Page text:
Agenda and minutes

Eastbourne Borough Council Scrutiny Committee - Monday, 3rd February, 2020 6.00 pm

Venue: Court Room at Eastbourne Town Hall, Grove Road, BN21 4UG

Contact: Committee Services on 01323 410000 

No. Item


Minutes of the meeting held on 2 September 2019 pdf icon PDF 163 KB


The minutes of the meeting held on 2 September 2019 were submitted and approved, and the Deputy-Chairman was authorised to sign them.


Apologies for absence / declaration of substitute members


Apologies for absence were received from Councillors Murdoch and Maxted.


Councillor Taylor advised that he was a substitute member of the Committee in place of Councillor Murdoch.


Declarations of Disclosable Pecuniary Interests (DPIs) by members as required under Section 31 of the Localism Act and of other interests as required by the Code of Conduct


The Chair, Councillor Freebody, declared a personal, non-prejudicial interest in item 10 on the agenda - Recycling in the Borough (improving recycling rates), as a board member of South East Environment Services Limited.


Questions by members of the public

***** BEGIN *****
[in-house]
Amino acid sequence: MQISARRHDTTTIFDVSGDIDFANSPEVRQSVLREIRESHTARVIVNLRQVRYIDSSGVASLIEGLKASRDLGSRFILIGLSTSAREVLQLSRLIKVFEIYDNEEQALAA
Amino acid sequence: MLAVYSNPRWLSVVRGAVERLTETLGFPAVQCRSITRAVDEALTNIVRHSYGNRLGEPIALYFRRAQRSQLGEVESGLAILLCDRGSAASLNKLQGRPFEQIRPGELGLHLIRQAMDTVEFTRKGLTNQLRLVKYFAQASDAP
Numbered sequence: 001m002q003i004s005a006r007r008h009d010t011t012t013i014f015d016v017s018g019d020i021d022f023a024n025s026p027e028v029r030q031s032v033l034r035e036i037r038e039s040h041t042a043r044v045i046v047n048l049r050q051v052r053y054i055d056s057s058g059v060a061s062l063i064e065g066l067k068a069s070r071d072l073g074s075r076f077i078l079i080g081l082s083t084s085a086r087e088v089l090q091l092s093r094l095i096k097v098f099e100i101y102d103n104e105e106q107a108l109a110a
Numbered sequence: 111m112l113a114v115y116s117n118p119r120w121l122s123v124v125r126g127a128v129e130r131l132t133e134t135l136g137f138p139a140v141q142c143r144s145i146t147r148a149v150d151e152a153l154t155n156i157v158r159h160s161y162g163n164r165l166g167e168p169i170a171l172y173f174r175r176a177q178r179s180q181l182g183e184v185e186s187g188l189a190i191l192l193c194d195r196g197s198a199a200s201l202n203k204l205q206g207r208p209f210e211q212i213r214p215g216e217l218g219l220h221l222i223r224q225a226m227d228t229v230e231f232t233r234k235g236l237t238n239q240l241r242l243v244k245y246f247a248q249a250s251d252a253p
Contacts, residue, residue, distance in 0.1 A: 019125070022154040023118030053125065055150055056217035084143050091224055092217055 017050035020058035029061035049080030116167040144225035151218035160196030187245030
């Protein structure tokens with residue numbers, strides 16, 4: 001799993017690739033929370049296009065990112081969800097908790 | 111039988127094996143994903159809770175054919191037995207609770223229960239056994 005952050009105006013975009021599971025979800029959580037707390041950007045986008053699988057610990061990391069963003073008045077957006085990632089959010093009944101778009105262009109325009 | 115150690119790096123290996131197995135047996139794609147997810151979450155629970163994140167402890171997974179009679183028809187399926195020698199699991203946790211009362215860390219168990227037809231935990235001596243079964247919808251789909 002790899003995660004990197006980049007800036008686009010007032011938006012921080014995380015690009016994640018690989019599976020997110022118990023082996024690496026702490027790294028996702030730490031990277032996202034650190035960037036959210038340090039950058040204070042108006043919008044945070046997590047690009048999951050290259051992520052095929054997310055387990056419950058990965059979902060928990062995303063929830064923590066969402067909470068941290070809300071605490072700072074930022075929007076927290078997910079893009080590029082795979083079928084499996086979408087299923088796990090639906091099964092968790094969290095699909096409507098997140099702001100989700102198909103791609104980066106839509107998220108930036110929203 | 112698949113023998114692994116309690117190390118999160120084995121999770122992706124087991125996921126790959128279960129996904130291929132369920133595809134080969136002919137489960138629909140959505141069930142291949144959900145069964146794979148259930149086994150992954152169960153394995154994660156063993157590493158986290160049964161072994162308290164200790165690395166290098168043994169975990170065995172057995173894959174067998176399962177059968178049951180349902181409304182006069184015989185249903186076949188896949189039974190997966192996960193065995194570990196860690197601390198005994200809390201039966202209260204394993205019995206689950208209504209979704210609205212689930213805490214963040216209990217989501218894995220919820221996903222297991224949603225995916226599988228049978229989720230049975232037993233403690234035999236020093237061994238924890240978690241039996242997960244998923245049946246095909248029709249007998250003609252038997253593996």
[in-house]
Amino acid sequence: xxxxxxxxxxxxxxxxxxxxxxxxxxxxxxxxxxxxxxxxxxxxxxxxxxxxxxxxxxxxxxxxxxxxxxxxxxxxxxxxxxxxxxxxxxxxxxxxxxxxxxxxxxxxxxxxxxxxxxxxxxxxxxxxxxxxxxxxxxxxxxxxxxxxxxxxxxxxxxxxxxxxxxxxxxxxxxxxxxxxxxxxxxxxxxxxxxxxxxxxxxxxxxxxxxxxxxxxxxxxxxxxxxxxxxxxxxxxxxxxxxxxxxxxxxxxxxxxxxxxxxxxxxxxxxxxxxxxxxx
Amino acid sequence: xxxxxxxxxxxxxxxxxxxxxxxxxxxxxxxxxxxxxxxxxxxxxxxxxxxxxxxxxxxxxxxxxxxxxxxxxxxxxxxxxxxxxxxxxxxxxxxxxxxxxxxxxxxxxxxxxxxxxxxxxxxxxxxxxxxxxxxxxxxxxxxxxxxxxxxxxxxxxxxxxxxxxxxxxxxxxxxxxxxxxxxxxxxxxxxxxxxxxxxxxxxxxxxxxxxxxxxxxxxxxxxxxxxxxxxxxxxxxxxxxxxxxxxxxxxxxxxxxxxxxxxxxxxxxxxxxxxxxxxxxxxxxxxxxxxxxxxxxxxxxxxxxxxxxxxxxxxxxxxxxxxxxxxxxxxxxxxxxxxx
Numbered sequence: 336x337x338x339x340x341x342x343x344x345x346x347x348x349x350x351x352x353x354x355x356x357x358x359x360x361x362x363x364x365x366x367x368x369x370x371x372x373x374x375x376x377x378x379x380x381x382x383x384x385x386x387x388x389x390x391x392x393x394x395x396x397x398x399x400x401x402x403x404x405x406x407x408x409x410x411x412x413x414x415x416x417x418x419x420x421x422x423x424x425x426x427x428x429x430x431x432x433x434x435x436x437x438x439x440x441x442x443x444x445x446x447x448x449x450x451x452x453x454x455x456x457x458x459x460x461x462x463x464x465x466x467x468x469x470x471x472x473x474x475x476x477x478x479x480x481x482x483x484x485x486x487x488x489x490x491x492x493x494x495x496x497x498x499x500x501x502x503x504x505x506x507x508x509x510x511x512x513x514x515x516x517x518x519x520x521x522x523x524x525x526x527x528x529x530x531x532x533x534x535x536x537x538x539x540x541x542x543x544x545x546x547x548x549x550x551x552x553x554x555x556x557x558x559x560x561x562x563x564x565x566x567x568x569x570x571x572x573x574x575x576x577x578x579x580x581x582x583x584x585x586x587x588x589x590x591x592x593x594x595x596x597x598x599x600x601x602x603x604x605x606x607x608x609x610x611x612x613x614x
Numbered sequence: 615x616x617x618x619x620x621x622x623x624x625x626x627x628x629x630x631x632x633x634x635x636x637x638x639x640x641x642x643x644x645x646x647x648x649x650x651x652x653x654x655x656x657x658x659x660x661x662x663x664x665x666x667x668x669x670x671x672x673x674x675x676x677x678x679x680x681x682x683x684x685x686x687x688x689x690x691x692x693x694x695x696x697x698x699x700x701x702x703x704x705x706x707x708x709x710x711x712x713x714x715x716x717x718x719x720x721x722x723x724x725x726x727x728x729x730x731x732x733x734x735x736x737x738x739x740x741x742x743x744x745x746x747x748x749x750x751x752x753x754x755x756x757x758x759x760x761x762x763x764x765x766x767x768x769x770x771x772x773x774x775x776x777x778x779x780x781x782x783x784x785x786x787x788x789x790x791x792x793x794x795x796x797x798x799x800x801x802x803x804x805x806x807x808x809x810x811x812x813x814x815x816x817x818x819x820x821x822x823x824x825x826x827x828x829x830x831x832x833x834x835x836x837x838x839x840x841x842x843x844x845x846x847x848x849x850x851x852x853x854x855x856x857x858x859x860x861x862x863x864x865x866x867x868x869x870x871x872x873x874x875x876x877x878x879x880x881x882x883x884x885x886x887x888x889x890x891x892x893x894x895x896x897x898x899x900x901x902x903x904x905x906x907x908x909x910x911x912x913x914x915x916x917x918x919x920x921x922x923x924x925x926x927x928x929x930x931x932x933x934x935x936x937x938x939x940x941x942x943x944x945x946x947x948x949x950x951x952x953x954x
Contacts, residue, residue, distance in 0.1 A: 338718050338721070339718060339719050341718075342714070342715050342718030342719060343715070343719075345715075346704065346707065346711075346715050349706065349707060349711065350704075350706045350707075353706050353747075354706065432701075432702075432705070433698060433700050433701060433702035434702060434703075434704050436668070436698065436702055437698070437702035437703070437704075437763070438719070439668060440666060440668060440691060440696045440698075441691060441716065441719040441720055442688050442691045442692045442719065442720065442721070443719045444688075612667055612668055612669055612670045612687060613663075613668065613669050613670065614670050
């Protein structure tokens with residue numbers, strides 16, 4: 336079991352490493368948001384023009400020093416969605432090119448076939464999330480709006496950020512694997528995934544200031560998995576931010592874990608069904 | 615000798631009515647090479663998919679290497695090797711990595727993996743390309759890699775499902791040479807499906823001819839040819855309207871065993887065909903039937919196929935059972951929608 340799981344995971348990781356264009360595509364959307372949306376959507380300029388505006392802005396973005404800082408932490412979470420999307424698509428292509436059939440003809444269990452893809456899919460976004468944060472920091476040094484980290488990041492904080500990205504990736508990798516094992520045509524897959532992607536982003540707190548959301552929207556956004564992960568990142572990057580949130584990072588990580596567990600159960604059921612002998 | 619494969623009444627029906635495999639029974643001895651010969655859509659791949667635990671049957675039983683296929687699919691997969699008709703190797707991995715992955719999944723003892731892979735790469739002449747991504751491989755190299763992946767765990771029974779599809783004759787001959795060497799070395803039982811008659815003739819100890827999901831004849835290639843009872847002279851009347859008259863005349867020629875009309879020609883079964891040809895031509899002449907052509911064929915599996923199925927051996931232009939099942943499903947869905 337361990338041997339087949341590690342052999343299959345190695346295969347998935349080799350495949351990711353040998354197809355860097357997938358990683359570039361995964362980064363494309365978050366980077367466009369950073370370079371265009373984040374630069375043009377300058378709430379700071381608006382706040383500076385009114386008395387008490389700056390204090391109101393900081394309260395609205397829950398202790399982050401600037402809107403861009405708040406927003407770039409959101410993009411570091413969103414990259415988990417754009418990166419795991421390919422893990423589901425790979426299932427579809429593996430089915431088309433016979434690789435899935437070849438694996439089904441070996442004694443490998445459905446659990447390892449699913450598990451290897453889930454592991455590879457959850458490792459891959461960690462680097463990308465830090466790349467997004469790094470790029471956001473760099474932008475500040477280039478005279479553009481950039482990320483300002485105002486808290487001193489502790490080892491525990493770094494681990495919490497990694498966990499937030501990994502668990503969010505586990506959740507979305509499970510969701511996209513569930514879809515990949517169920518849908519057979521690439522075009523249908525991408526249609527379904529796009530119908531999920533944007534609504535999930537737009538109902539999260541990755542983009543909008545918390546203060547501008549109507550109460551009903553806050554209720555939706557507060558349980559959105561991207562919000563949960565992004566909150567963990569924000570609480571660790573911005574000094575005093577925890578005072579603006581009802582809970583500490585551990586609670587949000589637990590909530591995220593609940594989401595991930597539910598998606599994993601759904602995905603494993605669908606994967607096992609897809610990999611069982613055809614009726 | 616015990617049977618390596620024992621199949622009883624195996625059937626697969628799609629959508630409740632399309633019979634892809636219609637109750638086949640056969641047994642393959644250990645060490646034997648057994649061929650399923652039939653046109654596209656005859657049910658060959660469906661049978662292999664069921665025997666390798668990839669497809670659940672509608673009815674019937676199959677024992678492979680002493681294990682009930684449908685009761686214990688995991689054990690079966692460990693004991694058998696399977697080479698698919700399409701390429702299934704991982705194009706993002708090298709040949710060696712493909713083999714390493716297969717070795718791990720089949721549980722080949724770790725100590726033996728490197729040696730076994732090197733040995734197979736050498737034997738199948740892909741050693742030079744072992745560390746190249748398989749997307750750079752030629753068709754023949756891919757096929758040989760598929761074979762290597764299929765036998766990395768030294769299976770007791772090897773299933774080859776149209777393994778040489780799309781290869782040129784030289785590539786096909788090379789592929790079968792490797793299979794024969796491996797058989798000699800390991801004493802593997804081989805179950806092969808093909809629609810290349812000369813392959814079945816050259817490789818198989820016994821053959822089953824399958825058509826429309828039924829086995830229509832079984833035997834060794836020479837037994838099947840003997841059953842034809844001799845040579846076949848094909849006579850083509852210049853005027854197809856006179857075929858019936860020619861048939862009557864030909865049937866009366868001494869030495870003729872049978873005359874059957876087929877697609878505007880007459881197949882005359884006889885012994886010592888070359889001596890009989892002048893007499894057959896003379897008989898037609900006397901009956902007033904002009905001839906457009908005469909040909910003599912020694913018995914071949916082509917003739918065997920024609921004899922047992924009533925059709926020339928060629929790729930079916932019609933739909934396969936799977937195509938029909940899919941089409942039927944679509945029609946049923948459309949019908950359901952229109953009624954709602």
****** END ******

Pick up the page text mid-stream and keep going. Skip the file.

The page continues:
On matters not already included on the agenda and for which prior written notice has been given (total time allowed 15 minutes).



No questions were received.


Urgent items of business

The Chairman to notify the Committee of any items of urgent business to be added to the agenda.



There was no urgent business


Right to address the meeting/order of business

The Chairman to report any requests received to address the Committee from a member of the public or from a Councillor in respect of an item listed below and to invite the Committee to consider taking such items at the commencement of the meeting.



There were no requests to address the meeting.


Annual Eastbourne Borough Community Safety Partnership Report pdf icon PDF 406 KB


Oliver Jones, Strategy and Partnership Lead presented the Annual Community Safety Partnership Report. Detective Ed Ripley, Sussex Police, was also in attendance. The report provided a review of the Partnership’s activities over the previous year. During discussion, the following points were raised.


Concern was expressed over the intimidating effect of aggressive begging on elderly and vulnerable residents. The Committee was advised that there were a number of issues involved. Support for homelessness in Eastbourne was being provided through multi-agency work, however, it was recognised that organised begging existed and intelligence-led work was being undertaken to tackle this. Members were also advised that, although initial incidents were being reported, there was then often reluctance by individuals to progress the complaint.


The £48,000 funding for the Partnership was based on a population and crime density formula and related to the current 2019/2020 financial year. Incidents of crime levels in the current year were similar to those in 2018/2019 and it was anticipated that a similar level of funding would be provided, although this had not been confirmed.